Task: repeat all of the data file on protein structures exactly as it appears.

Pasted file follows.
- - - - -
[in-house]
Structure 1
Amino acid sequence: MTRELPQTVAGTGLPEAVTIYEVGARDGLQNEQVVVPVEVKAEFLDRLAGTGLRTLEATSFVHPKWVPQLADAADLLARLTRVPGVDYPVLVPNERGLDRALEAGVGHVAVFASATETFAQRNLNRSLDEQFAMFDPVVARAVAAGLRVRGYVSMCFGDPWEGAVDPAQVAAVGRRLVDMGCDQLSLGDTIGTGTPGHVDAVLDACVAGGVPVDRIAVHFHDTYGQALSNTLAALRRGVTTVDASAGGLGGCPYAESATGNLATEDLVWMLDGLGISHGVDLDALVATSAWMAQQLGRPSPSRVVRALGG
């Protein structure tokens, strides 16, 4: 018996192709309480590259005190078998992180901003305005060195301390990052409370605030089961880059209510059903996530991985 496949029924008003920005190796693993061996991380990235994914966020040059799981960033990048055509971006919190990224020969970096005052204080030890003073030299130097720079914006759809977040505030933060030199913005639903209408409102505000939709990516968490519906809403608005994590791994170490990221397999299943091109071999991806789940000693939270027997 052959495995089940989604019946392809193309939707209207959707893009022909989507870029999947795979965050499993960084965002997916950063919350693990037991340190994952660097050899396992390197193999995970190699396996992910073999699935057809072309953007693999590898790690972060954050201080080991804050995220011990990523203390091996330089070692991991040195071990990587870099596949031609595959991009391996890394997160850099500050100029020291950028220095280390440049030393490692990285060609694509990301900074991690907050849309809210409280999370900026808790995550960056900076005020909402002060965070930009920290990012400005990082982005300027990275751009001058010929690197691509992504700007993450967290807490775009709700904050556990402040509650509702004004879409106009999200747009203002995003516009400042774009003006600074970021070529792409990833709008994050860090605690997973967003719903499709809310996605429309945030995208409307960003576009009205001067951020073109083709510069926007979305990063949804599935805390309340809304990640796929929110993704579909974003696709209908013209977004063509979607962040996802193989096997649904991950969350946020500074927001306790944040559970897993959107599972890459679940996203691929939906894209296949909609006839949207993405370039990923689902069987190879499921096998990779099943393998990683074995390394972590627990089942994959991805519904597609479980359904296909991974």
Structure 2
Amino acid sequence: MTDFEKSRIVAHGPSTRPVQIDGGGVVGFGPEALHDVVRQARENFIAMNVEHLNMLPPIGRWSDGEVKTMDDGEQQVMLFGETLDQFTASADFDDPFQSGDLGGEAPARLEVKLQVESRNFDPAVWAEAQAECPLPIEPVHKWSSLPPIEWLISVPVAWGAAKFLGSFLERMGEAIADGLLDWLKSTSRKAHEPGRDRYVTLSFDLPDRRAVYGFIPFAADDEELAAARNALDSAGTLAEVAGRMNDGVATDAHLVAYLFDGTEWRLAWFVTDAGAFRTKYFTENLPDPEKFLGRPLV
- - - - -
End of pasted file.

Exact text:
[in-house]
Structure 1
Amino acid sequence: MTRELPQTVAGTGLPEAVTIYEVGARDGLQNEQVVVPVEVKAEFLDRLAGTGLRTLEATSFVHPKWVPQLADAADLLARLTRVPGVDYPVLVPNERGLDRALEAGVGHVAVFASATETFAQRNLNRSLDEQFAMFDPVVARAVAAGLRVRGYVSMCFGDPWEGAVDPAQVAAVGRRLVDMGCDQLSLGDTIGTGTPGHVDAVLDACVAGGVPVDRIAVHFHDTYGQALSNTLAALRRGVTTVDASAGGLGGCPYAESATGNLATEDLVWMLDGLGISHGVDLDALVATSAWMAQQLGRPSPSRVVRALGG
């Protein structure tokens, strides 16, 4: 018996192709309480590259005190078998992180901003305005060195301390990052409370605030089961880059209510059903996530991985 496949029924008003920005190796693993061996991380990235994914966020040059799981960033990048055509971006919190990224020969970096005052204080030890003073030299130097720079914006759809977040505030933060030199913005639903209408409102505000939709990516968490519906809403608005994590791994170490990221397999299943091109071999991806789940000693939270027997 052959495995089940989604019946392809193309939707209207959707893009022909989507870029999947795979965050499993960084965002997916950063919350693990037991340190994952660097050899396992390197193999995970190699396996992910073999699935057809072309953007693999590898790690972060954050201080080991804050995220011990990523203390091996330089070692991991040195071990990587870099596949031609595959991009391996890394997160850099500050100029020291950028220095280390440049030393490692990285060609694509990301900074991690907050849309809210409280999370900026808790995550960056900076005020909402002060965070930009920290990012400005990082982005300027990275751009001058010929690197691509992504700007993450967290807490775009709700904050556990402040509650509702004004879409106009999200747009203002995003516009400042774009003006600074970021070529792409990833709008994050860090605690997973967003719903499709809310996605429309945030995208409307960003576009009205001067951020073109083709510069926007979305990063949804599935805390309340809304990640796929929110993704579909974003696709209908013209977004063509979607962040996802193989096997649904991950969350946020500074927001306790944040559970897993959107599972890459679940996203691929939906894209296949909609006839949207993405370039990923689902069987190879499921096998990779099943393998990683074995390394972590627990089942994959991805519904597609479980359904296909991974």
Structure 2
Amino acid sequence: MTDFEKSRIVAHGPSTRPVQIDGGGVVGFGPEALHDVVRQARENFIAMNVEHLNMLPPIGRWSDGEVKTMDDGEQQVMLFGETLDQFTASADFDDPFQSGDLGGEAPARLEVKLQVESRNFDPAVWAEAQAECPLPIEPVHKWSSLPPIEWLISVPVAWGAAKFLGSFLERMGEAIADGLLDWLKSTSRKAHEPGRDRYVTLSFDLPDRRAVYGFIPFAADDEELAAARNALDSAGTLAEVAGRMNDGVATDAHLVAYLFDGTEWRLAWFVTDAGAFRTKYFTENLPDPEKFLGRPLV